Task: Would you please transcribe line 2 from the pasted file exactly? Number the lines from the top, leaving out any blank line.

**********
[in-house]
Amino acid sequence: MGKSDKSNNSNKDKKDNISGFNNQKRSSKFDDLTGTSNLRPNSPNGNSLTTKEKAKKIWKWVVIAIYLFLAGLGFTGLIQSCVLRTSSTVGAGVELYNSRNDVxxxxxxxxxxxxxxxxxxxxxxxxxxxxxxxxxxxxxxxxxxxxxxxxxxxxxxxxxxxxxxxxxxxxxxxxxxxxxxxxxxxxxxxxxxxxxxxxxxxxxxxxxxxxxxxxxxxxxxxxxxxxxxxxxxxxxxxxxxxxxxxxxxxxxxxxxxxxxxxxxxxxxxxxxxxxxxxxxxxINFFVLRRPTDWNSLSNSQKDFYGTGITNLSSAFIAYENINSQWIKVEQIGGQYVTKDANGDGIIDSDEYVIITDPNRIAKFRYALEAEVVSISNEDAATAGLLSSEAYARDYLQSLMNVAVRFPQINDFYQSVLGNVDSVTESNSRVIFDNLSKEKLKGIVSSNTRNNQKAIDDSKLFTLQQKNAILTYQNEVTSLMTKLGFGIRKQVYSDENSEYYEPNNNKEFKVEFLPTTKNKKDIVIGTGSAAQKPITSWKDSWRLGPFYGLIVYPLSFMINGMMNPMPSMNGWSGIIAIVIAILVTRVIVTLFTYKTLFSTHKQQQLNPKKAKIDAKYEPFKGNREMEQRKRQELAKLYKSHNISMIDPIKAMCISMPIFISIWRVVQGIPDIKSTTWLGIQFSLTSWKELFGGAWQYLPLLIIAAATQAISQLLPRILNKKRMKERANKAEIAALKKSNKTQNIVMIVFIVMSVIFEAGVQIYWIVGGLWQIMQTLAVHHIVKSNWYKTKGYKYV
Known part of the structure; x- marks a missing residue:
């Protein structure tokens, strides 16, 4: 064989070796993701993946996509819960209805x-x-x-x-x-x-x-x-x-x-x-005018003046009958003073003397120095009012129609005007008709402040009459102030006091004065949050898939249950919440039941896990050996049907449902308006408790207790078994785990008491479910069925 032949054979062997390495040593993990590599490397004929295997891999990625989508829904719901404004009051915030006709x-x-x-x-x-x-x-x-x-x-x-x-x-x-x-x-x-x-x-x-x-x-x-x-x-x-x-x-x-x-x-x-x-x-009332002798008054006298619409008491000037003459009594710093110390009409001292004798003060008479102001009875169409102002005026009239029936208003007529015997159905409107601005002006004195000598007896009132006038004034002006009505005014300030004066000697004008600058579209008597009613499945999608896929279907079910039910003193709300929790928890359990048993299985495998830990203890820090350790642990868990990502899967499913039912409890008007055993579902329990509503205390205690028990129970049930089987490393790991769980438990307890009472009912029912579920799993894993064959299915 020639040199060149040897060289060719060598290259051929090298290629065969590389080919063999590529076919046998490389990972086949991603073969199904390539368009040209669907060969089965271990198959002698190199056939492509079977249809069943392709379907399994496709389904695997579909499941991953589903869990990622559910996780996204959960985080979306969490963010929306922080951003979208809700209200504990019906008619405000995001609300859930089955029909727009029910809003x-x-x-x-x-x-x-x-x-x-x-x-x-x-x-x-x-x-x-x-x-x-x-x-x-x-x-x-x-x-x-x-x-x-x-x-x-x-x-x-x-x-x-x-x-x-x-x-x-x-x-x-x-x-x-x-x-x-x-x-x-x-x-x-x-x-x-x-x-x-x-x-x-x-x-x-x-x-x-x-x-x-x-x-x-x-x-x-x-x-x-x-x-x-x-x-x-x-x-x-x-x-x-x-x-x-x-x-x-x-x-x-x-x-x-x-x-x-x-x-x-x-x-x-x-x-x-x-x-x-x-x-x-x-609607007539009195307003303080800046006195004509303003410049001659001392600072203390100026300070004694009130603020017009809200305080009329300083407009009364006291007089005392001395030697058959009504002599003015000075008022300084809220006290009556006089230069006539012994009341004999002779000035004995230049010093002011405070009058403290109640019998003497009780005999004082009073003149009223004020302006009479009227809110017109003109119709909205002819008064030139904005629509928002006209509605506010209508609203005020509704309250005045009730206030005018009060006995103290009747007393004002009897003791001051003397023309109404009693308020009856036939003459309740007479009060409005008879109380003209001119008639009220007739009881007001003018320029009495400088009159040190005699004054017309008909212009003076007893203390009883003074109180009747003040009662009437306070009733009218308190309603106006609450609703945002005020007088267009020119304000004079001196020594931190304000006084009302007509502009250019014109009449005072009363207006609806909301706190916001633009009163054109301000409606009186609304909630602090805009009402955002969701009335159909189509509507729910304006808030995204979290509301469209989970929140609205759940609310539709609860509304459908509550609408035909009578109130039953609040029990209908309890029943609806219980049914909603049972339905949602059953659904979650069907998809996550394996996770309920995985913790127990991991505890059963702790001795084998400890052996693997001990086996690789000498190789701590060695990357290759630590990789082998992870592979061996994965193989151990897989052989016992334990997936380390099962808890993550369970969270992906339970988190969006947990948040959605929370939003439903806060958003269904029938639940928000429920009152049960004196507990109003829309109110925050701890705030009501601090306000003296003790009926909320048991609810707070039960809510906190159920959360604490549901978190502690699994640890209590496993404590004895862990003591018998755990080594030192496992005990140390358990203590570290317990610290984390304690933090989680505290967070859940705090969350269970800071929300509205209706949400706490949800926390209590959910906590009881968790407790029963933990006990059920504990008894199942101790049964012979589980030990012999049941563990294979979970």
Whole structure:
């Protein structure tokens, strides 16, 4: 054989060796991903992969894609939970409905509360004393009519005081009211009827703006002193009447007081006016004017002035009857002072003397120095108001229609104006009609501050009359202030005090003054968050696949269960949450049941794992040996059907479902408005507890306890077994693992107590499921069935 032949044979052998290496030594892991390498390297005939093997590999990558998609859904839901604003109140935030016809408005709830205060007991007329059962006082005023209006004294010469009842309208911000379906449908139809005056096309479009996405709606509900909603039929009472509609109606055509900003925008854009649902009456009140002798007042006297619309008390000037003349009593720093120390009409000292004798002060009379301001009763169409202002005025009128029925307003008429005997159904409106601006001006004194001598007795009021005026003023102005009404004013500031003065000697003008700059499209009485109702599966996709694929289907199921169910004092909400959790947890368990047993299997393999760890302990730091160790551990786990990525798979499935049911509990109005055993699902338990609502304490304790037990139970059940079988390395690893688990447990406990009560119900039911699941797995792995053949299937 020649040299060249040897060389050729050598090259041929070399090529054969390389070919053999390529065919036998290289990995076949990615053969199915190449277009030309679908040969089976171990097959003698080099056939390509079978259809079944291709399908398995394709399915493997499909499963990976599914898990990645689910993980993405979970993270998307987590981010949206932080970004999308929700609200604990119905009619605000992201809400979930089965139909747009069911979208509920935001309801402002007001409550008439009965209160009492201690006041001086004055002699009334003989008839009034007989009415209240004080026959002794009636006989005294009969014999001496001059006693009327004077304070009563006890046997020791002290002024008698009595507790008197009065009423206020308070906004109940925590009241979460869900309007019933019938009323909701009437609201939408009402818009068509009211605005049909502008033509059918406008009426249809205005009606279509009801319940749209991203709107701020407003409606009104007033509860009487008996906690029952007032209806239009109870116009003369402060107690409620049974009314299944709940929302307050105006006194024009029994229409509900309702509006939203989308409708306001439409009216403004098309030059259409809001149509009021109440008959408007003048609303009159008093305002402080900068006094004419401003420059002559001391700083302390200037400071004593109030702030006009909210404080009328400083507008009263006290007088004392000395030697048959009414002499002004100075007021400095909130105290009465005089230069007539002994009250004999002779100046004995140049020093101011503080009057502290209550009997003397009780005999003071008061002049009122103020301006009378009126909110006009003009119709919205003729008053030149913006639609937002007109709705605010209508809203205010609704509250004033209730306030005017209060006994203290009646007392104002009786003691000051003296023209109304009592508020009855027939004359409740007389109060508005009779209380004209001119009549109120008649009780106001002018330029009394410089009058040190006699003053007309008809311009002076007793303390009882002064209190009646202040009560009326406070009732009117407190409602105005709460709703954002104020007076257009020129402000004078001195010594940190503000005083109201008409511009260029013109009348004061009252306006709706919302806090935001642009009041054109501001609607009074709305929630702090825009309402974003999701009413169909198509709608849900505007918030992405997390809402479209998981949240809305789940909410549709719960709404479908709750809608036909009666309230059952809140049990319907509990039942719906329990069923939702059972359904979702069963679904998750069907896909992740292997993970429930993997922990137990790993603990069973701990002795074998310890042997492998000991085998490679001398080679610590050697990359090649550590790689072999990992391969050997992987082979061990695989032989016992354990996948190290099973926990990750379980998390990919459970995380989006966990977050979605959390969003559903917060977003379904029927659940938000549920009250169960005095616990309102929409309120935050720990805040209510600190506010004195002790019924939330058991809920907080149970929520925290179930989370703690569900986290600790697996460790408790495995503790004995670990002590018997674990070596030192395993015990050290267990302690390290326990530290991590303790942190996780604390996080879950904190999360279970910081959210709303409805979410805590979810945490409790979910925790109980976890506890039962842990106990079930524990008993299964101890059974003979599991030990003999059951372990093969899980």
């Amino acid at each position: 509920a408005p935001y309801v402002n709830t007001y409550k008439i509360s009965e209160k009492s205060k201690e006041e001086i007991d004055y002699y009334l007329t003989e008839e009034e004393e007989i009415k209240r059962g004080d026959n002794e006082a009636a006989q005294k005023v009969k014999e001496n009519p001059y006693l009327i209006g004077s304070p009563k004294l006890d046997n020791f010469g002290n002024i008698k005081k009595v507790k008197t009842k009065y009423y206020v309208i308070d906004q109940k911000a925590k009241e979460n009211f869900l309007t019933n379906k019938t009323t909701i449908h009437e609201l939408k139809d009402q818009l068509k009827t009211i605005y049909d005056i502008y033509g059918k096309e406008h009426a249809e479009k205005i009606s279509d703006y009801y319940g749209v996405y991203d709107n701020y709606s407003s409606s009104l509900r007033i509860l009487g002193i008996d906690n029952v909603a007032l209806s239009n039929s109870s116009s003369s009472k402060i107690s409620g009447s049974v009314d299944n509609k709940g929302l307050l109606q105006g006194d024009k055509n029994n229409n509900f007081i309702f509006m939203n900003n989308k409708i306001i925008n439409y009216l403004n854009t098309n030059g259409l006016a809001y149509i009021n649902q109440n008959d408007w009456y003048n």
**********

Amino acid sequence: MGKSDKSNNSNKDKKDNISGFNNQKRSSKFDDLTGTSNLRPNSPNGNSLTTKEKAKKIWKWVVIAIYLFLAGLGFTGLIQSCVLRTSSTVGAGVELYNSRNDVxxxxxxxxxxxxxxxxxxxxxxxxxxxxxxxxxxxxxxxxxxxxxxxxxxxxxxxxxxxxxxxxxxxxxxxxxxxxxxxxxxxxxxxxxxxxxxxxxxxxxxxxxxxxxxxxxxxxxxxxxxxxxxxxxxxxxxxxxxxxxxxxxxxxxxxxxxxxxxxxxxxxxxxxxxxxxxxxxxxINFFVLRRPTDWNSLSNSQKDFYGTGITNLSSAFIAYENINSQWIKVEQIGGQYVTKDANGDGIIDSDEYVIITDPNRIAKFRYALEAEVVSISNEDAATAGLLSSEAYARDYLQSLMNVAVRFPQINDFYQSVLGNVDSVTESNSRVIFDNLSKEKLKGIVSSNTRNNQKAIDDSKLFTLQQKNAILTYQNEVTSLMTKLGFGIRKQVYSDENSEYYEPNNNKEFKVEFLPTTKNKKDIVIGTGSAAQKPITSWKDSWRLGPFYGLIVYPLSFMINGMMNPMPSMNGWSGIIAIVIAILVTRVIVTLFTYKTLFSTHKQQQLNPKKAKIDAKYEPFKGNREMEQRKRQELAKLYKSHNISMIDPIKAMCISMPIFISIWRVVQGIPDIKSTTWLGIQFSLTSWKELFGGAWQYLPLLIIAAATQAISQLLPRILNKKRMKERANKAEIAALKKSNKTQNIVMIVFIVMSVIFEAGVQIYWIVGGLWQIMQTLAVHHIVKSNWYKTKGYKYV